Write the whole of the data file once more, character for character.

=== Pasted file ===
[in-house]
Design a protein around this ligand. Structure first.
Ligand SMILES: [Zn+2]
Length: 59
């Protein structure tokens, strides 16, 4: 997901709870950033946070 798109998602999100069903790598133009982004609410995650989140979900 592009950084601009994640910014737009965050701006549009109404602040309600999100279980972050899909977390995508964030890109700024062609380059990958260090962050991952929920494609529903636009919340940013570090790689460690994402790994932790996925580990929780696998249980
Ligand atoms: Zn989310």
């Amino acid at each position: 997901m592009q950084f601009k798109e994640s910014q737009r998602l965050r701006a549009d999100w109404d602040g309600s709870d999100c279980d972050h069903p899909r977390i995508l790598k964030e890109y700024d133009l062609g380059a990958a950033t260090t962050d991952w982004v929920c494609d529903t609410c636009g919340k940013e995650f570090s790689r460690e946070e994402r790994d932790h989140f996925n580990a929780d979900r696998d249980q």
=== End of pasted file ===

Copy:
[in-house]
Design a protein around this ligand. Structure first.
Ligand SMILES: [Zn+2]
Length: 59
């Protein structure tokens, strides 16, 4: 997901709870950033946070 798109998602999100069903790598133009982004609410995650989140979900 592009950084601009994640910014737009965050701006549009109404602040309600999100279980972050899909977390995508964030890109700024062609380059990958260090962050991952929920494609529903636009919340940013570090790689460690994402790994932790996925580990929780696998249980
Ligand atoms: Zn989310």
């Amino acid at each position: 997901m592009q950084f601009k798109e994640s910014q737009r998602l965050r701006a549009d999100w109404d602040g309600s709870d999100c279980d972050h069903p899909r977390i995508l790598k964030e890109y700024d133009l062609g380059a990958a950033t260090t962050d991952w982004v929920c494609d529903t609410c636009g919340k940013e995650f570090s790689r460690e946070e994402r790994d932790h989140f996925n580990a929780d979900r696998d249980q």